Next Up In The UK Brexit & Belt And Road Debate: To Huawei Or Not To Huawei?
Boris Johnson’s Attempts To Balance US Hegemony Against China Trade
Op/Ed by Chris Devonshire-Ellis
Now that British Prime Minister Boris Johnson has been able to deliver a General Election allowing his Brexit policies to reach fruition, where does this leave potential British interests along China’s Belt & Road Initiative?
With the UK poised to first commence negotiations over both the terms of departure, and restructuring alternative UK-EU trade policies, London will be looking at other trade alternatives. And those include the potential for getting more involved in the Belt & Road Initiative.
While Washington is likely to interfere with the UK ability to conduct a Free Trade deal with China as part of any US-UK deal, the Belt & Road is another matter, and one in which London has not always followed Washington’s advice.
George Osbourne, then British Chancellor of the Exchequer, advised Britain to “Run towards China” in 2015, and the UK subsequently became the first major Western country to join Beijing’s Asian Infrastructure Investment Bank. Former British Prime Minister David Cameron, launched what he called a “golden era” of relations between Britain and China, signing off numerous billion dollar deals before later resigning after the original Brexit vote. He has subsequently tried to raise funds to invest in projects with China’s Belt and Road Initiative.
But what of Johnson? Historically, he has a more erratic position when it comes to China affairs. “China is a rival,” Johnson said when he was British Foreign Secretary “But China is a rival whose growth and whose incredible developing power can be used to our advantage.”
He has also said “Britain should treat China as our friend and our partner.” while also saying “They will try to stiff us.” Johnson’s position has long been regarded as being that the UK can benefit from Chinese investment and trade, while keeping the political angle at arm’s length. His success in achieving this balancing act will be noticeable in how far he will be able to resist Washington’s pressure to impose UK trade restrictions on China as part of a UK-US deal.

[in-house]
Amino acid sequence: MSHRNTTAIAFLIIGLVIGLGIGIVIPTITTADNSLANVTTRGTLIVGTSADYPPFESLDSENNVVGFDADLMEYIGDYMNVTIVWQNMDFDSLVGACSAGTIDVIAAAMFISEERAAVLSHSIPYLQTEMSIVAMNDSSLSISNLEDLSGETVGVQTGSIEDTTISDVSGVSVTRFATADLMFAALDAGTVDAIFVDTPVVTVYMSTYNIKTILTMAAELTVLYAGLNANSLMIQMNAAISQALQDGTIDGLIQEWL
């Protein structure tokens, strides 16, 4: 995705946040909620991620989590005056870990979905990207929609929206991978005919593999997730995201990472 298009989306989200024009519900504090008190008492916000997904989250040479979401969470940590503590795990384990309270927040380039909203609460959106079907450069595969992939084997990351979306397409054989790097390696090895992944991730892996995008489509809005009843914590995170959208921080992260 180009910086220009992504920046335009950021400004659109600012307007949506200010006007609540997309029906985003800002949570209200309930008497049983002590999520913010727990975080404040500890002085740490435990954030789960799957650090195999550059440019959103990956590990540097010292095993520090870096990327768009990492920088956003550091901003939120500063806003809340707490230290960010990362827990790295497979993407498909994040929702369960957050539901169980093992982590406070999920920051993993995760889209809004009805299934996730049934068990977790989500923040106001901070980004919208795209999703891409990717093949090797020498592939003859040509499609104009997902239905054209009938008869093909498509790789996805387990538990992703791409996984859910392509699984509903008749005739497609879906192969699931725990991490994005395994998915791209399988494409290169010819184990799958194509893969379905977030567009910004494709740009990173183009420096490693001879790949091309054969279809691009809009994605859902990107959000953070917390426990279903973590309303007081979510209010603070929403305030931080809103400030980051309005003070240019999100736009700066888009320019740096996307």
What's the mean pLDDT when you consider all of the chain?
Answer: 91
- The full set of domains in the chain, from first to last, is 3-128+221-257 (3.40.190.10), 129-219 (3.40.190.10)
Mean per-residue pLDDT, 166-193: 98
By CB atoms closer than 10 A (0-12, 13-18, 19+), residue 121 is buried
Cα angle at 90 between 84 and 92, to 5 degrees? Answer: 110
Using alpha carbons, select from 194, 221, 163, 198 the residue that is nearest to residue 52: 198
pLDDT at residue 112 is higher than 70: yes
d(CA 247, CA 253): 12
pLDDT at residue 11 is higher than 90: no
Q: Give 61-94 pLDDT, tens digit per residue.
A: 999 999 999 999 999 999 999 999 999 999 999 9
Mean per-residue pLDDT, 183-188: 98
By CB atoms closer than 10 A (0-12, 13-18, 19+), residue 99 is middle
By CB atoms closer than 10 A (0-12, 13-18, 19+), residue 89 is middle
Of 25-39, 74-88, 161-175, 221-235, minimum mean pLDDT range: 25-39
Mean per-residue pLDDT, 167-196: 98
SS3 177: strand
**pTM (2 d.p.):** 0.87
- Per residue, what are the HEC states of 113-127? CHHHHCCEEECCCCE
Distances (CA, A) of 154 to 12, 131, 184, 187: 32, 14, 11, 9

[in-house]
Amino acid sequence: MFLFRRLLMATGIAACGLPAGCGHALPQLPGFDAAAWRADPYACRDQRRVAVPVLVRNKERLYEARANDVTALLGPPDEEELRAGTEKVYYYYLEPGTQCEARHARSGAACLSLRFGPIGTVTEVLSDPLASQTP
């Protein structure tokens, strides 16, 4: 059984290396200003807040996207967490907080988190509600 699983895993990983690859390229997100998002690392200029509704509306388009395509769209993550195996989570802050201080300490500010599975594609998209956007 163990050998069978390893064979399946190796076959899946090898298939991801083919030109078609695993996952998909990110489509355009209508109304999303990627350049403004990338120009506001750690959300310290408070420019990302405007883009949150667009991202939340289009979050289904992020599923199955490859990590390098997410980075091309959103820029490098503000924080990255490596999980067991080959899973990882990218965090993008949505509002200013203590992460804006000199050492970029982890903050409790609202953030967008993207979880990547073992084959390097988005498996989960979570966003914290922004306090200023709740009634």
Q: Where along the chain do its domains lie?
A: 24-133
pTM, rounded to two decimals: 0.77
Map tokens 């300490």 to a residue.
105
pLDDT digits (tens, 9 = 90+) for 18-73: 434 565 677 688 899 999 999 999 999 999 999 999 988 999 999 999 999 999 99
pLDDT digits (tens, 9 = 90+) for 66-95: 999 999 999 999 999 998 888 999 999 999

Meanwhile, we may very soon get an indicator of how Britain’s future involvement with China and its Belt & Road Initiative will look in terms of trade potential.
At the recent NATO 50th anniversary event in London, which US President Trump also attended, Johnson promised he would keep the Chinese telecommunications giant Huawei away from Britain’s 5G network if it jeopardized the United Kingdom’s intelligence work with the United States, Canada, Australia, and New Zealand. “I don’t want this country to be unnecessarily hostile to investment from overseas but, on the other hand, we cannot prejudice our vital national security interests.” Johnson said. Then, less than 24 hours later Johnson pulled out a phone and took a selfie with the popular UK breakfast “This Morning” TV presenters – and used a Huawei phone.
The newly elected British Government is set to vote on whether to allow Huawei equipment into its national 5G network later this month. How that pans out will provide clues as to London’s new intentions in working more closely with China – or otherwise.
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Silk Road Briefing is written by Dezan Shira & Associates. The firm provides strategic analysis, legal, tax and operational advisory services across Eurasia and has done since 1992. We maintain 28 offices throughout the region and assist foreign governments and MNC’s develop regional strategies in addition to foreign investment advice for investors throughout Asia. Please contact us at email@example.com or visit us at www.dezshira.com